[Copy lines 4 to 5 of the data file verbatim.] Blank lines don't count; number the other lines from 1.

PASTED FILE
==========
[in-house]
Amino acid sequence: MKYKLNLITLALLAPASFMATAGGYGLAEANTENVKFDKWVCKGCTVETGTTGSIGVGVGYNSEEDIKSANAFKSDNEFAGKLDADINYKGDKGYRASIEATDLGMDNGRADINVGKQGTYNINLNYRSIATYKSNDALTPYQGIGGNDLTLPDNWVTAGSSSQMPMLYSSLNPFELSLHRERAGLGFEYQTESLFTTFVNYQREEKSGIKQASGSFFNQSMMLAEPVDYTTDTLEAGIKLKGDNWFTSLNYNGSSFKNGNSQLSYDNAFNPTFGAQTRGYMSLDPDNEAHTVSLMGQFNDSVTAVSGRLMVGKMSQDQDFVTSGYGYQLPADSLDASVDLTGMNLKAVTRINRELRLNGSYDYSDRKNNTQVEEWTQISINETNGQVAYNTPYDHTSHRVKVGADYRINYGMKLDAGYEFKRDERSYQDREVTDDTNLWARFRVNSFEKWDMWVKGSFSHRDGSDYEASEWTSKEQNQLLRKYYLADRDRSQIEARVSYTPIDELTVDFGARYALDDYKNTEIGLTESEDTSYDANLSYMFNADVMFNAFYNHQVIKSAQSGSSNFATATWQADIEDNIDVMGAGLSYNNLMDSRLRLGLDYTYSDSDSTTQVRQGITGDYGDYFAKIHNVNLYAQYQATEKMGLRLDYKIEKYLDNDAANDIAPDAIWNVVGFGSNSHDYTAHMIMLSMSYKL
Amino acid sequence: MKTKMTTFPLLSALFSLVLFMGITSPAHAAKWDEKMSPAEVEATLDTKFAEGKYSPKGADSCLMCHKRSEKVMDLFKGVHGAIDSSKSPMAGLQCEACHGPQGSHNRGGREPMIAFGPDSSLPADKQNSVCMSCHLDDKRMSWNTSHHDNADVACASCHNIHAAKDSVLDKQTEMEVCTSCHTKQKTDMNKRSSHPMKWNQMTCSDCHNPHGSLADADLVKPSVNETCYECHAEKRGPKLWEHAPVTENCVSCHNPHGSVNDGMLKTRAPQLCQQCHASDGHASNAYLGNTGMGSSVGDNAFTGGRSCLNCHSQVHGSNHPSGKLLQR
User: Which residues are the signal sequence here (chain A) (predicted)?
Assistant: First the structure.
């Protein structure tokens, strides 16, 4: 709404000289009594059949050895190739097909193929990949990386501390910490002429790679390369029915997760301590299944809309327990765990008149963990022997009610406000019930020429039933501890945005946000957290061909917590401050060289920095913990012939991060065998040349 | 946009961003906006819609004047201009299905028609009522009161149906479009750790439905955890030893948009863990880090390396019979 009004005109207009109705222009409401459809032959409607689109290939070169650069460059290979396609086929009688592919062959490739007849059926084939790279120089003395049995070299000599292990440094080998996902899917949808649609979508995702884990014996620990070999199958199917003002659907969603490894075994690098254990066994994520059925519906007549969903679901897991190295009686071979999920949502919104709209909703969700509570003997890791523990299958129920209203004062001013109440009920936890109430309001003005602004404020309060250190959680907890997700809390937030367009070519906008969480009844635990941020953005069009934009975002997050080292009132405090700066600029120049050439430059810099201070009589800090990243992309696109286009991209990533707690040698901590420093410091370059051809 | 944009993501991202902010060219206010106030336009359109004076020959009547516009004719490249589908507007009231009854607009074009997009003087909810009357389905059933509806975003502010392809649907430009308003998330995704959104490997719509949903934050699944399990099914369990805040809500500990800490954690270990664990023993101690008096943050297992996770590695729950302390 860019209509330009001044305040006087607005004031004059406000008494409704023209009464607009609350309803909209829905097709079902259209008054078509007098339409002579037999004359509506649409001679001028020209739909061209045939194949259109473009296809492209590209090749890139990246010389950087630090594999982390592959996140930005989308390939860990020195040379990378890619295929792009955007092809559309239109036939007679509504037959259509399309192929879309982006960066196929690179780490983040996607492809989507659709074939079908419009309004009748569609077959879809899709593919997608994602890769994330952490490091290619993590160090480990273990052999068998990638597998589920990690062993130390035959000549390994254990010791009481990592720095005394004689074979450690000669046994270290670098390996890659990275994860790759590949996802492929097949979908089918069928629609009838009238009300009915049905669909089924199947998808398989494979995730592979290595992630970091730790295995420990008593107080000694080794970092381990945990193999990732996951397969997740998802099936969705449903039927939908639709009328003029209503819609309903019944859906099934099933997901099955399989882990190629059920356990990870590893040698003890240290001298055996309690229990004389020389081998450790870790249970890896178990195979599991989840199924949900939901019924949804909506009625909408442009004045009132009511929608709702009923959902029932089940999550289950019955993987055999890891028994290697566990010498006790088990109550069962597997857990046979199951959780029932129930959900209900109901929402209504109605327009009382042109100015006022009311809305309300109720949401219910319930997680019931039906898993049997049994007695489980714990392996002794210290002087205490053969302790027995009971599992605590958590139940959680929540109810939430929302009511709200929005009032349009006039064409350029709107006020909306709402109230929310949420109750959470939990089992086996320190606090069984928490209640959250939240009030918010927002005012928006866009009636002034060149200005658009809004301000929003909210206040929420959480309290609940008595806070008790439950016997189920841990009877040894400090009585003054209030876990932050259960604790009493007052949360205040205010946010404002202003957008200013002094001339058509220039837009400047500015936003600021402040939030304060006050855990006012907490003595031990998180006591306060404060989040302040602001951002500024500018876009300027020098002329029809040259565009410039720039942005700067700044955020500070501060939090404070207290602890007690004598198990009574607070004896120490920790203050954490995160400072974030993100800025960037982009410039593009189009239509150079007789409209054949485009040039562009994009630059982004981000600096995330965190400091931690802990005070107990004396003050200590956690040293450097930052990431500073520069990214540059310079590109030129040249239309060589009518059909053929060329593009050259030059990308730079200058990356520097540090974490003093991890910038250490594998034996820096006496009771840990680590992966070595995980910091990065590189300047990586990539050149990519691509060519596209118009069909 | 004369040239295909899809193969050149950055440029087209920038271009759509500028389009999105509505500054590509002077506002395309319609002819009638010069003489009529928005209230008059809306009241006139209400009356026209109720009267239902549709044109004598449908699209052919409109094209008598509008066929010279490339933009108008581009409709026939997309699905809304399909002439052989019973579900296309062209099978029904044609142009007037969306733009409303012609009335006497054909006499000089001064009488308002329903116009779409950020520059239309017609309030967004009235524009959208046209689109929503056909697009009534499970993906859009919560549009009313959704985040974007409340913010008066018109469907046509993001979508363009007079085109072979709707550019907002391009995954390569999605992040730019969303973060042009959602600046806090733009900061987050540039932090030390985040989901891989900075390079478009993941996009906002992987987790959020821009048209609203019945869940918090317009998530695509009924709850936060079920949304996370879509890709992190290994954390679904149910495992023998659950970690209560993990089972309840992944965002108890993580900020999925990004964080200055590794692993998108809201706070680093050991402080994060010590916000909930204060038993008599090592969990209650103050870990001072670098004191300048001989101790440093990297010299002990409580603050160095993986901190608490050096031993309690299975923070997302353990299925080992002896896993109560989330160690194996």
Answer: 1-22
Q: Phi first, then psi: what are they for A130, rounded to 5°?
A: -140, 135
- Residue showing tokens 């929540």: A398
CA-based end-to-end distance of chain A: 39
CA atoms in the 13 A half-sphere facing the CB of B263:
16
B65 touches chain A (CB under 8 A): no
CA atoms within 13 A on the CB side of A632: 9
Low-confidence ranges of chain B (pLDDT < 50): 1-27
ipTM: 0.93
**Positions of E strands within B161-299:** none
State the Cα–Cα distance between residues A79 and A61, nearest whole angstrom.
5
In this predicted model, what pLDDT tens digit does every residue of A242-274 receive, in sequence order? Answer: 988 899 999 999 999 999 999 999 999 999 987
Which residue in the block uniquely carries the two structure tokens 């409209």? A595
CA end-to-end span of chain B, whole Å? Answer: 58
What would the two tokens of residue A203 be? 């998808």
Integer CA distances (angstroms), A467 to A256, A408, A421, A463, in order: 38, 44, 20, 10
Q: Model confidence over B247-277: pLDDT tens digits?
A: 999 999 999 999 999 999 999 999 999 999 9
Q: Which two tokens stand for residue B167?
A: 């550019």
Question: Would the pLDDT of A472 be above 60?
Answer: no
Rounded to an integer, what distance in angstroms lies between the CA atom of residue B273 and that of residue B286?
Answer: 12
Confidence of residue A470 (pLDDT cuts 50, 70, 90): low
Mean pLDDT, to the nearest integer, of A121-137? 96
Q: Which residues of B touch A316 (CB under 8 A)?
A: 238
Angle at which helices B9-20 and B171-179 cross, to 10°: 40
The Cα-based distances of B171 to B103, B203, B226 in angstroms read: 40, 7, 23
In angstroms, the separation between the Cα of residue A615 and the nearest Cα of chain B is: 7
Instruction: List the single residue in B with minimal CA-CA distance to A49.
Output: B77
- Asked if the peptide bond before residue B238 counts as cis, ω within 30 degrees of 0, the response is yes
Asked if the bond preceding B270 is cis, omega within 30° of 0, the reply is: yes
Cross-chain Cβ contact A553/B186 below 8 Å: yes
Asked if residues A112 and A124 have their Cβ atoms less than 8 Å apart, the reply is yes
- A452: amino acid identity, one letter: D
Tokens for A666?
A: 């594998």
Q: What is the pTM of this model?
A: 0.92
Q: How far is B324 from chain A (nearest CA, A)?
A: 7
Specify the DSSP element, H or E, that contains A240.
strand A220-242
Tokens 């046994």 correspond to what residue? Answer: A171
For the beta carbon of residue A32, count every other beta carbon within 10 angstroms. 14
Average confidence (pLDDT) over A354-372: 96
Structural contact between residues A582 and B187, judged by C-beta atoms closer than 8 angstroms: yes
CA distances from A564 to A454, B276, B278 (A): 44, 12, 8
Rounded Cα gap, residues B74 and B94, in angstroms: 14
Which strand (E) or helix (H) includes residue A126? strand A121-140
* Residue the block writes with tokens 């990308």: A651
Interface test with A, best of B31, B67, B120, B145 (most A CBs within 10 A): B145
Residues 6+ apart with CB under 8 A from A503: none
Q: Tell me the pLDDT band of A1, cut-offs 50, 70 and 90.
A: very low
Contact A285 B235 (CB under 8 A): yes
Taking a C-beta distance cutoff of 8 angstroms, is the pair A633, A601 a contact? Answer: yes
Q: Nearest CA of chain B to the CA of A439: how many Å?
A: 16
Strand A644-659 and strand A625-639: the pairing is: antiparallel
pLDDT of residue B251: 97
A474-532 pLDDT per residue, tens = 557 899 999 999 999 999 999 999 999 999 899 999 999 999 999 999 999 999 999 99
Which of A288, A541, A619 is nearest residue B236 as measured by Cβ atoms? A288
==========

User: Which residues are the signal sequence here (chain A) (predicted)?
Assistant: First the structure.